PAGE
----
36. April 1, Associated Press – (International) Cybercrime law enforcement debated. Two groups working separately to boost Europe’s defenses against online crime will present proposals this week, almost a year after most of the nation of Estonia’s links to the Internet were disrupted for days or weeks. At a two-day conference starting Tuesday in Strasbourg, France, the Council of Europe will to review implementation of the international Convention on Cybercrime and discuss ways to improve international cooperation. Cyber defense also will be on the agenda when heads of state from NATO’s 26 member nations gather in Bucharest Wednesday for three days. The leaders are expected to debate new guidelines for coordinating cyber defense. The Convention on Cybercrime, a binding treaty ratified by most members of the 47-nation Council of Europe, provides guidelines to protect computer users against hackers and Internet fraud. The controversial agreement also covers electronic evidence used in prosecution of such offenses as child sexual exploitation, organized crime, and terrorism. At this week’s conference, the council will discuss guidelines to bolster the convention to improve cooperation between investigators and Internet providers, according to the council’s Web site. NATO’s three-day summit, which is to focus on enlarging the treaty organization and on its operations in Kosovo and Afghanistan, will include a special briefing on cyber defense, according to the treaty organization’s Web site. Source:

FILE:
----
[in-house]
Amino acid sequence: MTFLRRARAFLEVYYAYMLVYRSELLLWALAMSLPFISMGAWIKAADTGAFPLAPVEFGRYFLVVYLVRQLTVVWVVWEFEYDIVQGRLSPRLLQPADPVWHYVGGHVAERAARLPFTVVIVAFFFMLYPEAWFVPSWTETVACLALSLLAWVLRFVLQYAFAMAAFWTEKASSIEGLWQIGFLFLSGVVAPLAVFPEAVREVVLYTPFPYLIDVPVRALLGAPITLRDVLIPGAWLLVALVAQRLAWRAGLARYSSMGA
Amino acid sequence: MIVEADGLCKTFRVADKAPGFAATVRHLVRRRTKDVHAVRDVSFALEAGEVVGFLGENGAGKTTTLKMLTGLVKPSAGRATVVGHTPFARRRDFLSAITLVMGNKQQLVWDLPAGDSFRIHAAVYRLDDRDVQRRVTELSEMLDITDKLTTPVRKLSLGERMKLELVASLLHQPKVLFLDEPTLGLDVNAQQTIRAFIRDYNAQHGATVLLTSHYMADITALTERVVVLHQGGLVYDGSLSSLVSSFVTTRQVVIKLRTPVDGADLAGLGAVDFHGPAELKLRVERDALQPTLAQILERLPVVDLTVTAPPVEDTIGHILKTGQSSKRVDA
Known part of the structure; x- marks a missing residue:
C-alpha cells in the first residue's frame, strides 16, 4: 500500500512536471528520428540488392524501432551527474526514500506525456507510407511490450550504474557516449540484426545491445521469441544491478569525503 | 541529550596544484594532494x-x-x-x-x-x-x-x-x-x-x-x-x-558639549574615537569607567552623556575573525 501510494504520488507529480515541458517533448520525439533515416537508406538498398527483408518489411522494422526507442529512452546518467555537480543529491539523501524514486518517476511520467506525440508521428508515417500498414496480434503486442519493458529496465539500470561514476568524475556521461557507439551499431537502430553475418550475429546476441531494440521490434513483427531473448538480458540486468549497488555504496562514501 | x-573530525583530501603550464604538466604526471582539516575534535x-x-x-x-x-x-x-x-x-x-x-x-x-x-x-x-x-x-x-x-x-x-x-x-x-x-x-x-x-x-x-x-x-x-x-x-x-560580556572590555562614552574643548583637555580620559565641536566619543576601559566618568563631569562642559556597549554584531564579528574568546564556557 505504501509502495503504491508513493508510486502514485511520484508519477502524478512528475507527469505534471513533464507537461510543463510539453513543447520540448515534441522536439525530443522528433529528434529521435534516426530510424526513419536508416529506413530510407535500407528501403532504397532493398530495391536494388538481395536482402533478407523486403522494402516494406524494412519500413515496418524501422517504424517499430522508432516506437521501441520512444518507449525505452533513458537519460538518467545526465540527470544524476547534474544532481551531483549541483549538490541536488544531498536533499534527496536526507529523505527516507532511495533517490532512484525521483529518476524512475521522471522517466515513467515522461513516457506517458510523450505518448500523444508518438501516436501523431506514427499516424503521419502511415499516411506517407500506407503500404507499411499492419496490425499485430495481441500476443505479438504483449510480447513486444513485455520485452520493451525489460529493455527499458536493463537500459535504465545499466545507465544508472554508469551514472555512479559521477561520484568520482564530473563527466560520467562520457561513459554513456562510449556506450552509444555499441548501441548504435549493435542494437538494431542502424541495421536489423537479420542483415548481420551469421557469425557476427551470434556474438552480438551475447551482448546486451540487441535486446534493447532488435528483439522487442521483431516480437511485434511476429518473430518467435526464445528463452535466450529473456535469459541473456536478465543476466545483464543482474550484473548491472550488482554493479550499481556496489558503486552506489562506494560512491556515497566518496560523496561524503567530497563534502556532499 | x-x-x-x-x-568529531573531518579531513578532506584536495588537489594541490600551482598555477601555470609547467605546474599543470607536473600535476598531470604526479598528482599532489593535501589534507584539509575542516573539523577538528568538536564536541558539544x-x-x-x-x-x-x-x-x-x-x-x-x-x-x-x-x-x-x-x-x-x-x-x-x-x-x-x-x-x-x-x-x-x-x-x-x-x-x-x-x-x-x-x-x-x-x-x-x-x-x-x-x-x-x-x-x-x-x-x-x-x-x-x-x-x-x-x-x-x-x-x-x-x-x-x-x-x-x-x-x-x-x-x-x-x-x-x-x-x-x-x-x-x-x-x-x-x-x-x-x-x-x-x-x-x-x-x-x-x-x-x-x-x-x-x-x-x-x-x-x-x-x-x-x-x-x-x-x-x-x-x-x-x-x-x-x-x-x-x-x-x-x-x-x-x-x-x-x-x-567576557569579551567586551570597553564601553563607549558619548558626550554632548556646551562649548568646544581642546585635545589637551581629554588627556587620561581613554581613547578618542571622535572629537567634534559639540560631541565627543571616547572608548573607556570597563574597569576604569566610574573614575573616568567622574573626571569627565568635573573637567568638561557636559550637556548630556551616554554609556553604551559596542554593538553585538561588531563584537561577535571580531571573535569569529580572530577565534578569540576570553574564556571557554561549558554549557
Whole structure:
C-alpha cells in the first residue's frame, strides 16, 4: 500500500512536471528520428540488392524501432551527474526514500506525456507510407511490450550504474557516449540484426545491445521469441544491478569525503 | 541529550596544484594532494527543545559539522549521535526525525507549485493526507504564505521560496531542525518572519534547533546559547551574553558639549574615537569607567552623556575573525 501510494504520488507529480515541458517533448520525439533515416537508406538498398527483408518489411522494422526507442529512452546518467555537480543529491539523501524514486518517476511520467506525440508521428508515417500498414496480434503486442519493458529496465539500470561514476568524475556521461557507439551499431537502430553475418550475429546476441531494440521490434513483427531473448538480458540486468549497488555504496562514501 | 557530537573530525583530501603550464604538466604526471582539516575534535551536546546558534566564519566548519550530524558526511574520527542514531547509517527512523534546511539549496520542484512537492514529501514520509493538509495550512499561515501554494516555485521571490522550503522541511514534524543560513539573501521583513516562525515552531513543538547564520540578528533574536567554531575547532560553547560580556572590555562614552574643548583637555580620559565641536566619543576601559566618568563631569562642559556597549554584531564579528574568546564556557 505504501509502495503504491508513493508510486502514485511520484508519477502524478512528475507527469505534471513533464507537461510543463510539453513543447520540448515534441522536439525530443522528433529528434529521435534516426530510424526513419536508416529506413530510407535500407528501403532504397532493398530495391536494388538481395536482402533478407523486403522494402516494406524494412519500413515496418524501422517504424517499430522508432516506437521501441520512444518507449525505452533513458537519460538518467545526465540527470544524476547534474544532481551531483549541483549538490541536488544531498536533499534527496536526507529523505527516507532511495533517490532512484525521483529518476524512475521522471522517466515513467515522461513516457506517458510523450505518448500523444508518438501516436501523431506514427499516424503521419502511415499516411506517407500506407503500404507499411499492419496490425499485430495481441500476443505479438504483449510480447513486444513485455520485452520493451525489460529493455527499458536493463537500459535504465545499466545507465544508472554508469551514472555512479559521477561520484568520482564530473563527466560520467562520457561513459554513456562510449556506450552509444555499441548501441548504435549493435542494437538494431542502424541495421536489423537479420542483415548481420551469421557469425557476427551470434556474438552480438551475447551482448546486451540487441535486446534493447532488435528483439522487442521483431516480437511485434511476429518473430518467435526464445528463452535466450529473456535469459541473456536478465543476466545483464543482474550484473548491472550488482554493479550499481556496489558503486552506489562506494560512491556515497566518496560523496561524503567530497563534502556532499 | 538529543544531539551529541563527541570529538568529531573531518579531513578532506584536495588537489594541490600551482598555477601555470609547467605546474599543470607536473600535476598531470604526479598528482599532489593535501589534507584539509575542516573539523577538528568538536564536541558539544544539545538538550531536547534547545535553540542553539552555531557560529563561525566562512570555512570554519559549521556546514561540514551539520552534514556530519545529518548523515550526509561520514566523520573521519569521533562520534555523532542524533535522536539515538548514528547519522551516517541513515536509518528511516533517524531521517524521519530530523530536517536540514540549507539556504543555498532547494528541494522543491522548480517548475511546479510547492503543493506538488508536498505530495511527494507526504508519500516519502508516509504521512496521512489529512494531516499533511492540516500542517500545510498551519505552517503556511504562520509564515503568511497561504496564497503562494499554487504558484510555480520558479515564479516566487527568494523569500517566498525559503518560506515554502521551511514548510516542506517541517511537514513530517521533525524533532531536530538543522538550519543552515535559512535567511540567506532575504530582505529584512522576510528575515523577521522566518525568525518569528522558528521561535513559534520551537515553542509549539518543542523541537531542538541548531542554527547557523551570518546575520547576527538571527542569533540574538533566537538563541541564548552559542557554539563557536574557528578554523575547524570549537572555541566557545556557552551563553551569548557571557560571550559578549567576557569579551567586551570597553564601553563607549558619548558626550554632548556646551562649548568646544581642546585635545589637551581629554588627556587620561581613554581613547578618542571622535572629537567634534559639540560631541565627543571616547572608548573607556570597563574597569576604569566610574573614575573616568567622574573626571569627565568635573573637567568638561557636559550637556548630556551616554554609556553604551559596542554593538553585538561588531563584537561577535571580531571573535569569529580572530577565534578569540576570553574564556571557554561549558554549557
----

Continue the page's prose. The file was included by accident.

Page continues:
37. March 31, Computerworld – (International) No foolin’, say researchers – Storm attack under way. A new campaign by the Storm Trojan horse began on Monday, as spam posing as April Fools’ Day messages flooded in-boxes, several security companies said. According to analysts at F-Secure Corp., the SANS Institute’s Internet Storm Center (ISC), Symantec Corp., and others, spam bearing a wide range of April Fools’ Day subjects started showing up Monday. Among the subject headings, said an ISC researcher in a post to the group’s blog, were “All Fools’ Day,” “Doh! April Fool,” and “Surprise! The joke’s on you.” The messages carried no text; only a link to an April Fools’-themed URL that in turn tried to download or convince users to download an executable with filenames such as “foolsday.exe” and “kickme.exe.” These executables were, in fact, the Storm Trojan horse, which is identified by some security vendors as Dorf, Nuwar, or Peacomm. Storm’s creators have a history of using holidays to spread their malware, which is designed to add infected Windows PCs to a botnet that can be used for additional spam blasts or for launching denial-of-service attacks. The last major Storm run was in the weeks leading up to Valentine’s Day, for example. Several security firms posted the image that appears when a user clicks on the link within the Storm spam mail, including McAfee Inc. The image is accompanied by text that reads “Your download will start in 5 seconds. If your download does not start, click here and then press ‘Run.’” Storm has been linked by some researchers to the notorious Russian Business Network (RBN) malware-hosting organization. Source: